Sunday, 3 May 2015
The Invention of the Holy Cross
The feast of the Invention of the Holy Cross is a Double of the Second Class and its liturgical colour is red. The feast celebrates the discovery of the Holy Cross by the Empress Helena, mother of the Emperor Constantine. This year the feast fall on the fourth Sunday after Pascha and takes precedence over the Sunday.
At Vespers yesterday afternoon the antiphons O magnum pietatis opus etc were sung with psalms 109, 110, 111, 112 and 116. The Office hymn was the magnificent Vexilla regis, last heard towards the end of the Mass of the Pre-Sanctified on Good Friday morning, but the verse O Crux ave differed by one line, Paschale quae fers gaudium. After the collect of the feast commemorations were sung of the preceding feast of St. Athanasius and of the Sunday. At Compline the Dominical psalms were sung, Te lucis was sung with the Paschal Doxology and the Dominical preces were omitted.
At Mattins the invitatory is Christum Regem crucifixum, Venite adoremus, alleluia. In the first nocturn the antiphons Inventae Crucis etc are sung with proper psalms, the first lesson is from St. Paul to the Galatians with the poignant words: 'Christ has redeemed us from the curse law, being made a curse for us: for it is written: Cursed is every one that hangeth on a tree: that the blessing of Abraham might come on the Gentiles through Christ Jesus; that we may receive the promise of the Spirit by faith.' The second lesson is from the Epistle to the Philippians with the passage so familiar from the Triduum and the third lesson from the Epistle to the Colossians. In the second nocturn the antiphon Felix ille triumphus etc is sung, the lessons relate the work of St. Helena in fourth century Jerusalem finding three crosses buried in a cistern. Not knowing which cross the LORD had died on each was placed on a woman with a sickness by Macarius, Bishop of Jerusalem. When touched by the True Cross the sick woman was instantly restored to health. In the third nocturn the psalms are sung under the antiphon Adoramus te Christe etc, the lessons are from a homily of St. Augustine on the Gospel of St. John. The ninth lesson is of the Sunday.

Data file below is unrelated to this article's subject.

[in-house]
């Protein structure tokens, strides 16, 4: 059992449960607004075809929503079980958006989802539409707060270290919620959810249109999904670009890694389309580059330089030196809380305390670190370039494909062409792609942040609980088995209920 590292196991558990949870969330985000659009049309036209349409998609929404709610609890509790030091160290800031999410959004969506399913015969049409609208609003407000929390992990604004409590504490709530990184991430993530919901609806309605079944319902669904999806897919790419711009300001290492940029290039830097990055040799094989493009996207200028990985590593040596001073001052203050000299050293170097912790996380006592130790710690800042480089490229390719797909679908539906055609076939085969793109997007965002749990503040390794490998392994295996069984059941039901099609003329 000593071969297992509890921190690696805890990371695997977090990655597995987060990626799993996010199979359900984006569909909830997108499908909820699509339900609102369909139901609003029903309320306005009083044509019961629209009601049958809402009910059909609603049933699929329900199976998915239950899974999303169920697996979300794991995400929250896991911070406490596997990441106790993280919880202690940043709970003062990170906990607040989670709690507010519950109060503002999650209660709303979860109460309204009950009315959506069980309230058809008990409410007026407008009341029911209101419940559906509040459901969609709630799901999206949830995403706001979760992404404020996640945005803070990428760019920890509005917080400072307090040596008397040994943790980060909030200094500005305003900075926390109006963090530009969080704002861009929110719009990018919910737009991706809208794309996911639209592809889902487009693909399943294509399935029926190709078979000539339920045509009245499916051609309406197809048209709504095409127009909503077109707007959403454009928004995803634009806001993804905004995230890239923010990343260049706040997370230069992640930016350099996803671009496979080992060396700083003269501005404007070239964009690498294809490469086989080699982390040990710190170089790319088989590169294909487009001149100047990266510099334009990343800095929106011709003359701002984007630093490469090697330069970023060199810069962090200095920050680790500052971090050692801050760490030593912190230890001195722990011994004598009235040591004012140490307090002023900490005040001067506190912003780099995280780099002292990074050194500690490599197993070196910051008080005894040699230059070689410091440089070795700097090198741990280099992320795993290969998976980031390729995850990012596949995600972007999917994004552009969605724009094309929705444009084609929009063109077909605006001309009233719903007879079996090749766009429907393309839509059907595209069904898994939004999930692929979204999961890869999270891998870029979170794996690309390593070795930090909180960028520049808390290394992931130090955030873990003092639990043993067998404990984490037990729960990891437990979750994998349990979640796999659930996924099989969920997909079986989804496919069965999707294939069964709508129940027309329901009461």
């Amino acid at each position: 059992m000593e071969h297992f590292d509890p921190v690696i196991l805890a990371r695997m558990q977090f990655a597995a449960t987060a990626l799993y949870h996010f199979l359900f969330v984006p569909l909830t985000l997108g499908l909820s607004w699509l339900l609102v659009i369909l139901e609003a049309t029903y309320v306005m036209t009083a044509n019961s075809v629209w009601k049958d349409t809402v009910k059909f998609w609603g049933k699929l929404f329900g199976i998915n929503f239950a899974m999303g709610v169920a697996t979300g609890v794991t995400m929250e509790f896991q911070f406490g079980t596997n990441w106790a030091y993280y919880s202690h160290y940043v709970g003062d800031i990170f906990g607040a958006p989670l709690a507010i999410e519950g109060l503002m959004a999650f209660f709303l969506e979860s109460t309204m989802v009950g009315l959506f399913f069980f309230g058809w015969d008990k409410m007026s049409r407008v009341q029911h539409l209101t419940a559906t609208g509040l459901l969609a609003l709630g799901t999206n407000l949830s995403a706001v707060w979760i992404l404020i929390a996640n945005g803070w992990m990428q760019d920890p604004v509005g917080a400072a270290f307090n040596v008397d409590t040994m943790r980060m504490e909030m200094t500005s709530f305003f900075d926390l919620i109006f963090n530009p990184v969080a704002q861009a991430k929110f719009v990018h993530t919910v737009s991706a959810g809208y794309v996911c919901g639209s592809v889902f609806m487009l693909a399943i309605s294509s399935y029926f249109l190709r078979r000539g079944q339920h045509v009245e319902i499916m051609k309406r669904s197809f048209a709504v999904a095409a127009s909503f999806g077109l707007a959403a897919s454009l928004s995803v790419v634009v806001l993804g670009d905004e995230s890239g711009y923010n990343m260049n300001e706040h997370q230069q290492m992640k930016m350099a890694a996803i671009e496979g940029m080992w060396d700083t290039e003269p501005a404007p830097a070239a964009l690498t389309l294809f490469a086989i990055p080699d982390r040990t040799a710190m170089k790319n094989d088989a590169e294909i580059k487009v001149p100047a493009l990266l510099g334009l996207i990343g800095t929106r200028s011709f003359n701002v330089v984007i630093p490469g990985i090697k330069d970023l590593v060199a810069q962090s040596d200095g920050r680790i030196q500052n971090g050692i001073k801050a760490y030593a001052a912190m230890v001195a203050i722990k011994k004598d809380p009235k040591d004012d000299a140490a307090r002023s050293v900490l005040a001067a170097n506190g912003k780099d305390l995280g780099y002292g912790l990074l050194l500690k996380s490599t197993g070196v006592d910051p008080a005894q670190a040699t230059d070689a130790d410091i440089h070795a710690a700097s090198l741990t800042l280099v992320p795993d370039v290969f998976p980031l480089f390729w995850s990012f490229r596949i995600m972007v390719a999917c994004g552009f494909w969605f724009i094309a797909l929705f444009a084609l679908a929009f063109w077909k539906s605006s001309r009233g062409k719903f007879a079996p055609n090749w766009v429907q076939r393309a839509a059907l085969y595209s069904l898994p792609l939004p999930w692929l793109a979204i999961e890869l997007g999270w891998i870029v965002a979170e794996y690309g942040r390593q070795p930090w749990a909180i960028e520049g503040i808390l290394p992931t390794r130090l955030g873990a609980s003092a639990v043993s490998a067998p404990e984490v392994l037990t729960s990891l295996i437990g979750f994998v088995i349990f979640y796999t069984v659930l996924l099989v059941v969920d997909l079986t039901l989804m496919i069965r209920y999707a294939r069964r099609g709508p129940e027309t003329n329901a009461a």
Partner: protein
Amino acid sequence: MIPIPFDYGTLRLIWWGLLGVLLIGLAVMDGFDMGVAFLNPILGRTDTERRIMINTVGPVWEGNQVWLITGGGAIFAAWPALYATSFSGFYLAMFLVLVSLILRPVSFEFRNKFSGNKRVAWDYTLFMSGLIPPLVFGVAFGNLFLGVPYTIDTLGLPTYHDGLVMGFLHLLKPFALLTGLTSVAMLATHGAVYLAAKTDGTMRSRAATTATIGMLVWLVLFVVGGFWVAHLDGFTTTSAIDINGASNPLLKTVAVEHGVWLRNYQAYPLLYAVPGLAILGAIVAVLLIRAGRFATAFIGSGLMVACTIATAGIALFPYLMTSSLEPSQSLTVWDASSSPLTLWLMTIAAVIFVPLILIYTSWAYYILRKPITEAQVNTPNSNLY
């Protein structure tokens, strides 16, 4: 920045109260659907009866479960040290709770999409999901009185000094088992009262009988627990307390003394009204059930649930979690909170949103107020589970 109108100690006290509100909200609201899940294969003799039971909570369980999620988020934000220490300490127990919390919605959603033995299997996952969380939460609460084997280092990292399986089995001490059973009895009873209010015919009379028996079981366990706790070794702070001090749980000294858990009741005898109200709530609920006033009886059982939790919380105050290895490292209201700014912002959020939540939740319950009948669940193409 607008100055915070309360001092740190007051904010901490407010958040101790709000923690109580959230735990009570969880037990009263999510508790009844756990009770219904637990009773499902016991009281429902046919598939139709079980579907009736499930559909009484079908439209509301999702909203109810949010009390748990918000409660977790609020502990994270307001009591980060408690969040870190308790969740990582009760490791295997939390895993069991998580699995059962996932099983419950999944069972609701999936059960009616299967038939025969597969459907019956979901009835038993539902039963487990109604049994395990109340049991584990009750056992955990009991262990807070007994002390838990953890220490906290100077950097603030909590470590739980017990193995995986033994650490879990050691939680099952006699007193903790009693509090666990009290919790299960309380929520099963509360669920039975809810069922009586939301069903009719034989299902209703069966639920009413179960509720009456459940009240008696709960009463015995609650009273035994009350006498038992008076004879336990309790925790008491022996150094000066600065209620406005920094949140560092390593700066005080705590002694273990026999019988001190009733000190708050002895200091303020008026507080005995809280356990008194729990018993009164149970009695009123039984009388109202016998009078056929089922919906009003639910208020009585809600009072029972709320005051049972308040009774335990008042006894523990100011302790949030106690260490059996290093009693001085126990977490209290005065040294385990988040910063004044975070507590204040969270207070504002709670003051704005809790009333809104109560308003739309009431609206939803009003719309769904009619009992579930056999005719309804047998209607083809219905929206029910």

At Lauds the antiphons O magnam pietatis opus etc are sung with the Dominical psalms (Pss. 92, 99, 62, Benedicite & 148). After the collect of the feast commemorations are sung of the Sunday and of SS Alexander & Others.
At the Hours the Paschaltide Doxology is sung with all the Office hymns and the antiphons of Lauds are sung with the Dominical psalms in the usual order. At Prime the festal psalms are sung (Ps. 53, 118i & 118ii), the Dominical preces are omitted and the short lesson is Humiliavit semetipsum.
Mass is sung after Terce. The Gloria is sung, the second collect is of the Sunday (in private Masses the third collect is of SS Alexander etc), the Creed is sung, the preface is of the Holy Cross and the last Gospel is of the Sunday.
At second Vespers all is sung as at first Vespers except the antiphon on the Magnificat which is proper to second Vespers. After the collect of the feast a commemoration is sung of the following Office of St. Monica and of the Sunday. At Compline the Dominical preces are omitted.
In the in 'liturgical books of 1962' the feast of the Invention of the Holy Cross has been abolished as its observance in the West only dated to the seventh century (it appears on May 3rd in Martyrologium Hieronymianum. At Vespers yesterday there were no commemorations. Mattins (of the Sunday) is cut down to a single nocturn. At Lauds there are no commemorations. At Mass there is a single collect. The Paschaltide Doxology (and tone) is not sung at the Horae Minores.
Art: A ninth century MS illustration of the Invention of the Holy Cross by St. Helena from Wikipedia.